Word of the Day: Blessed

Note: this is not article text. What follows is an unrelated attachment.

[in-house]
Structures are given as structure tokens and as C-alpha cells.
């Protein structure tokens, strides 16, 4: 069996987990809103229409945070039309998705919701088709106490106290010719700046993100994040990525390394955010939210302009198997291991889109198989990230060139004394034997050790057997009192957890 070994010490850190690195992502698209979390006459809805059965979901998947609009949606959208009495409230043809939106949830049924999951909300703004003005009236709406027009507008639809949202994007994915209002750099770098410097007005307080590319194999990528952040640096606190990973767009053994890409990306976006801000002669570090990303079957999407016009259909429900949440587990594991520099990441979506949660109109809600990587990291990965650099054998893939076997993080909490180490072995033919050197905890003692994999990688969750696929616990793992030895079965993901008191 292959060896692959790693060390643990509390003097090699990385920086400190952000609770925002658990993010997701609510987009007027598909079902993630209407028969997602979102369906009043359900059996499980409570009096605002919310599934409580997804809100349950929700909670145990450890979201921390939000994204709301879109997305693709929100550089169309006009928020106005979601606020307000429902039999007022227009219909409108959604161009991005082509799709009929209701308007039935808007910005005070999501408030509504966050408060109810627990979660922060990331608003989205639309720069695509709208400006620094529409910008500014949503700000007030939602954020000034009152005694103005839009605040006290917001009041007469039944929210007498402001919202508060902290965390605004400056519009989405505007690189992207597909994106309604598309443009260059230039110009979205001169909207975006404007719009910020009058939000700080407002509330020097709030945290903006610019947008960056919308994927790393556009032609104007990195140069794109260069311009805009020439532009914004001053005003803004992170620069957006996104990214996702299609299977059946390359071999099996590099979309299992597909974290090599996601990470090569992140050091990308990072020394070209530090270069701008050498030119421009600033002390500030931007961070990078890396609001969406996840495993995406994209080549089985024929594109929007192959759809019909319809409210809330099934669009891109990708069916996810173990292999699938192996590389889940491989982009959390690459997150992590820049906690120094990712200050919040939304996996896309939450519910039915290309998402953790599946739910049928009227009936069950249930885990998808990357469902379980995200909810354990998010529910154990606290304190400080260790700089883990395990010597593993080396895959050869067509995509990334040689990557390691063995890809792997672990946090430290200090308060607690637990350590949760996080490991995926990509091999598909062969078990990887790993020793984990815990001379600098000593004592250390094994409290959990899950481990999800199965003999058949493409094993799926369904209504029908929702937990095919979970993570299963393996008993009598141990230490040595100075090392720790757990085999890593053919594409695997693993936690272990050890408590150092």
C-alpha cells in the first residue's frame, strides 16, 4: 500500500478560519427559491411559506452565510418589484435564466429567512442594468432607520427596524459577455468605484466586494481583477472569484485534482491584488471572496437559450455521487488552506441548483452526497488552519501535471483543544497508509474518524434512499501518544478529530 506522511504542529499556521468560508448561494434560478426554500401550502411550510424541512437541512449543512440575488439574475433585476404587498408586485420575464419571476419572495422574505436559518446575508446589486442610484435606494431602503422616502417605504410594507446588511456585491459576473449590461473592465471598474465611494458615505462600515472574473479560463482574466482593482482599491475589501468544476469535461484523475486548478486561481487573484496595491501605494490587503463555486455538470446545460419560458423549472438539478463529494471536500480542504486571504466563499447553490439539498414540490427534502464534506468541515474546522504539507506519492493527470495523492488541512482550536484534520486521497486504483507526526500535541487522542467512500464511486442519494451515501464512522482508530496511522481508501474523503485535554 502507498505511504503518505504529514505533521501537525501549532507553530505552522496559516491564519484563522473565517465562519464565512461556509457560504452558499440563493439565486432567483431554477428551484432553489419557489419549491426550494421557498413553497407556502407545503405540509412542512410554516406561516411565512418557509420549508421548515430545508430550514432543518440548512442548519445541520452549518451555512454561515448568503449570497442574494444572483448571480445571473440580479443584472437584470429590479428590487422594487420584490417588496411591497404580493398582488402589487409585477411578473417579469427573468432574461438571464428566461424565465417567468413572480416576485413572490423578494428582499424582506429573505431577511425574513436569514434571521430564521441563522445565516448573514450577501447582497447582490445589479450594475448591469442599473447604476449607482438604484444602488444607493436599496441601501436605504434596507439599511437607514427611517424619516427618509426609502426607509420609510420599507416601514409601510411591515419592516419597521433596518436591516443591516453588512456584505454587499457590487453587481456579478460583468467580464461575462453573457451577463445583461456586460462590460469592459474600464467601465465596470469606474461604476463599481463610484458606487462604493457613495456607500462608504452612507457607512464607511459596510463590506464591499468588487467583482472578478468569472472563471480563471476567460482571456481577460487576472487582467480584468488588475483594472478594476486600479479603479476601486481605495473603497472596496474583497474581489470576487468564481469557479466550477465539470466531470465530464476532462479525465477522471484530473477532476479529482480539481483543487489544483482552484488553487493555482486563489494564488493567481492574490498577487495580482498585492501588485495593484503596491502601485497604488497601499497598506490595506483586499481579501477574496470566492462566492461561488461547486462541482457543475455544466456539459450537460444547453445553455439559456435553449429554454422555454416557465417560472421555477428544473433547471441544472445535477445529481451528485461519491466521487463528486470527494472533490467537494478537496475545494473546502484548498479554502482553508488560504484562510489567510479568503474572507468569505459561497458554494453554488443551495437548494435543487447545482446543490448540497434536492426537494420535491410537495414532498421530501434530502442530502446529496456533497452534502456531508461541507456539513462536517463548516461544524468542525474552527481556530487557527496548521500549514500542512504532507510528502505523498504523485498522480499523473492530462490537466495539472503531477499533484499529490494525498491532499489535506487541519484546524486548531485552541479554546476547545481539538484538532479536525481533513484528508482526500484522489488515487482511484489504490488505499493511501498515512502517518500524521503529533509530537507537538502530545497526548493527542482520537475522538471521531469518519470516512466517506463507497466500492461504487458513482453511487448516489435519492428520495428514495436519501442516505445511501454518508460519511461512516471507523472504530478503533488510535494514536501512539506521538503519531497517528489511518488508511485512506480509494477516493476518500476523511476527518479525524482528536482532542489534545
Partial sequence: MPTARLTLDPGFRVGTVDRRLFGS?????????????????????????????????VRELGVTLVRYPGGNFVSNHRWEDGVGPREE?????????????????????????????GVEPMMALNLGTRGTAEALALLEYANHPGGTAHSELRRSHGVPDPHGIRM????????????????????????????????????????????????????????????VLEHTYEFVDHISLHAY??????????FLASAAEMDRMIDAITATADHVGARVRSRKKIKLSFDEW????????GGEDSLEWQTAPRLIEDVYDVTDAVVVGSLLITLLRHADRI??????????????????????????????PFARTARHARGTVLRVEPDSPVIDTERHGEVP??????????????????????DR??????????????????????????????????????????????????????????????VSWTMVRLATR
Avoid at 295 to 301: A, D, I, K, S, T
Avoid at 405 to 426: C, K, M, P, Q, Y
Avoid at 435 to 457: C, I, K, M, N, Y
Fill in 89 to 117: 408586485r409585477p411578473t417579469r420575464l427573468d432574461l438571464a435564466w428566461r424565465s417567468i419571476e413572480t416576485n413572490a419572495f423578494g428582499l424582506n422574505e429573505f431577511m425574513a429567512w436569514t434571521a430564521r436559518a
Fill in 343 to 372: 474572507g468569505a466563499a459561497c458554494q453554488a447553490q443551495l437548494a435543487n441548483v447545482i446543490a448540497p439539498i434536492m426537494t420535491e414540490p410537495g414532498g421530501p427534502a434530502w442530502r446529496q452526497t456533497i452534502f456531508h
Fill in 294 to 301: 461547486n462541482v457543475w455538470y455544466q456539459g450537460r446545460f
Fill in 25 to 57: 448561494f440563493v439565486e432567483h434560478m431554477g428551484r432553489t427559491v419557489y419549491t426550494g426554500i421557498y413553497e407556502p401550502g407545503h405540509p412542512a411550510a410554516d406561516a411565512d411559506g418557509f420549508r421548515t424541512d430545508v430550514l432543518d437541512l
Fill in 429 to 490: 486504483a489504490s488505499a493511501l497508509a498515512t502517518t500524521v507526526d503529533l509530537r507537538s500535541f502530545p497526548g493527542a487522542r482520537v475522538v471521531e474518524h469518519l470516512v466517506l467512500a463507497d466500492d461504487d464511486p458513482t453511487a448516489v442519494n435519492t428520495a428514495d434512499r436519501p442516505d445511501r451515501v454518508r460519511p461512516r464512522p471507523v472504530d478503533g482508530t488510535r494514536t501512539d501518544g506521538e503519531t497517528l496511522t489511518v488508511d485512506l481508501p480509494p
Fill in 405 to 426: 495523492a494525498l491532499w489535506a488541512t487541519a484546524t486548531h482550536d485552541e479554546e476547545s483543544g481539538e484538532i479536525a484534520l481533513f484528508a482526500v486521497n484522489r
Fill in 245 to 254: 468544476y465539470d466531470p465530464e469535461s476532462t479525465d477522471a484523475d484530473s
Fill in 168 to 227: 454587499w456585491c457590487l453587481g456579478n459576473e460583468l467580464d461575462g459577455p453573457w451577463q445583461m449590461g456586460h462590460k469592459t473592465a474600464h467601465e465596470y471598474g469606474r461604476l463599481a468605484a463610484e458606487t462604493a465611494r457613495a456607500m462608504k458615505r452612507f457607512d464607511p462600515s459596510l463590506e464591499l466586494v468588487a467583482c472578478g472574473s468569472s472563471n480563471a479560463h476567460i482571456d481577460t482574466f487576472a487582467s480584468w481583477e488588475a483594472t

blessed bless-ed / blĕs-ĭd   adjective 1. worthy of or regarded with profound adoration, devotion, or worship Still through the cloven skies they come with peaceful wings unfurled, and still their heavenly music floats o’er all the weary world; above its sad and lowly plains, they bend on hovering wing, and ever o’er its Babel sounds the blessed angels sing. Lyrics from “It Came Upon the Midnight Clear” by Edmund H. Sears, 1810 – 1876   2. Blessed, proclaimed by the Roman Catholic Church to be worthy of veneration and thus beatified The Vatican, possibly at the urging of Pope John Paul II, reportedly considered taking the unprecedented step of declaring Mother Teresa blessed and a saint in a single ceremony.  “Pope considered declaring Mother Teresa blessed, saint in one ceremony”, ‘National Catholic Reporter’, October 17, 2003   3. holy or made holy, consecrated The monk’s habit is never so blessed that the devil can’t hide in it.  German Proverb   4. bringing great happiness, fortune or pleasure It’s more blessed to give than to receive.  Acts 20:35 (NIV)   5. fortunate; happy Blessed is he who expects nothing, for he shall never be disappointed.  English Proverb   6. used in expressions as an intensifier, to make more powerful or forceful When every blessed thing you have is made of silver, or of gold, you long for simple pewter.  W. S. Gilbert, 1836 – 1911   noun 1. those who live with God in heaven At the end of all things, the blessed will say, ‘We never lived anywhere but in heaven.’ C. S. Lewis, 1898 – 1963     etymology The past passive participle of the English verb bless, which comes through the Middle English verb blessen/bletsien (bestow divine favor on, bless) from the Anglo-Saxon verb bletsian/bledsian/bloedsian (consecrate with blood, make holy), from the Anglo-Saxon noun blod (blood). Thank you to Allen Ward for providing this etymology for blessed.